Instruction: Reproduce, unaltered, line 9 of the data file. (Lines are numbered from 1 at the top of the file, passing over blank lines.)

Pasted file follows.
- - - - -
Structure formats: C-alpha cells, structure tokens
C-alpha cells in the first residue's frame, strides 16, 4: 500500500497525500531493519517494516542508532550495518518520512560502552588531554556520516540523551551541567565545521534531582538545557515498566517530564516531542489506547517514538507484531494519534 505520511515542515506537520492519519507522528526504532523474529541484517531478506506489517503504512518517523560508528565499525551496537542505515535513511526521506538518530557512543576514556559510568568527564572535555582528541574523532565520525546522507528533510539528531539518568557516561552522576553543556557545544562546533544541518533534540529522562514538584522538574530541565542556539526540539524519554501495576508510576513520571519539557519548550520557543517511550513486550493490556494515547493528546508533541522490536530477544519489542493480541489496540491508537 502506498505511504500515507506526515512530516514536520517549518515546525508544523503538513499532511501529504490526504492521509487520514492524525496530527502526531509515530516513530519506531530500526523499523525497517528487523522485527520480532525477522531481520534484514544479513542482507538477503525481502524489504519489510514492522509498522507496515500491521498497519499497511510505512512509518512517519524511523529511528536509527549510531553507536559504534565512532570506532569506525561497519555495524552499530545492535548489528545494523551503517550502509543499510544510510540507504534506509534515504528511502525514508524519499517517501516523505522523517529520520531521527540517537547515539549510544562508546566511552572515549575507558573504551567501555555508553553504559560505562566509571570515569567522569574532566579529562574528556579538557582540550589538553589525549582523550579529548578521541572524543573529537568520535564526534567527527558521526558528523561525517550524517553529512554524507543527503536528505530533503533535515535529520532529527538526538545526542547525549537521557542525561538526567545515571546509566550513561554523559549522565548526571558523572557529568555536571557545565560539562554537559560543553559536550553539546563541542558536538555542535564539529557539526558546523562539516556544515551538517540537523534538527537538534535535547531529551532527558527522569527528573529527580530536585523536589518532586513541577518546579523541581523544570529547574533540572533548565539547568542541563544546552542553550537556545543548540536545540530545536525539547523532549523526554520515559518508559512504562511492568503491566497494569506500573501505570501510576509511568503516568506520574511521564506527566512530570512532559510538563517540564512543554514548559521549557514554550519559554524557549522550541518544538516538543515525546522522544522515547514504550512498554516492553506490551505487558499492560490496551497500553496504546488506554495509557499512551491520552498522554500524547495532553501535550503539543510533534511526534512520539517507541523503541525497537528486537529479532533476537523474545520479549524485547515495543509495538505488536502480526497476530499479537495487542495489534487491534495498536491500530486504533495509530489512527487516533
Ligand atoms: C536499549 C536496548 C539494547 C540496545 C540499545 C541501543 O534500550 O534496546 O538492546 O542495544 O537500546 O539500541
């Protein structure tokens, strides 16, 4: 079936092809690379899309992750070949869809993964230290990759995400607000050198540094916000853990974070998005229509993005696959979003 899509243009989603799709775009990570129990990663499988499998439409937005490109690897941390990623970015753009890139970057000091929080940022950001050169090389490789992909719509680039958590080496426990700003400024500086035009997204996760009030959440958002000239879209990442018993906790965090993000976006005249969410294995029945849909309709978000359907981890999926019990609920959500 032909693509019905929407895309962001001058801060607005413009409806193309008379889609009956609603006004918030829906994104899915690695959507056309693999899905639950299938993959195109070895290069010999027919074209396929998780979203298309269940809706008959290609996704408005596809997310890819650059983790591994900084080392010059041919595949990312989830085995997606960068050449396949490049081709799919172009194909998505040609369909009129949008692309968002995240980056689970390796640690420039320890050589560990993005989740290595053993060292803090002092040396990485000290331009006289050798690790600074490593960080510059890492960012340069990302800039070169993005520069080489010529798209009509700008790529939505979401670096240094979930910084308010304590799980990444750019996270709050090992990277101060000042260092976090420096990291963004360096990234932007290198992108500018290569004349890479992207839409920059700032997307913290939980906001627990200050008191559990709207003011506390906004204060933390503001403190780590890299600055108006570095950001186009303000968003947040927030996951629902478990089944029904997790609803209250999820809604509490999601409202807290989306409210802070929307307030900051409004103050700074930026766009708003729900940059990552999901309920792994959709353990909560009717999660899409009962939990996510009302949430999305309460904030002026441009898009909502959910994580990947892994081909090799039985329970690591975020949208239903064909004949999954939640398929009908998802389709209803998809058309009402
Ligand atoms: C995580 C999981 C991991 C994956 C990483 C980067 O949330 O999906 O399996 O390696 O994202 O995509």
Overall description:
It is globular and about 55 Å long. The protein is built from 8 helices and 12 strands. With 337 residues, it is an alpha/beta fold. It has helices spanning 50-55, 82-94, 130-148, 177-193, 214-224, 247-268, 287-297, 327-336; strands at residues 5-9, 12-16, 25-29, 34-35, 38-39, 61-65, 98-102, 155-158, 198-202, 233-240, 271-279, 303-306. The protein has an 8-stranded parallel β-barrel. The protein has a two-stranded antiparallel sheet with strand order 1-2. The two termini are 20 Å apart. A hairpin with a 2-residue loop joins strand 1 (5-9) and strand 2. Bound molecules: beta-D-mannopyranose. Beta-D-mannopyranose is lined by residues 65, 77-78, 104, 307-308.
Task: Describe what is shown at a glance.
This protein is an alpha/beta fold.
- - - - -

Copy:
This protein is an alpha/beta fold.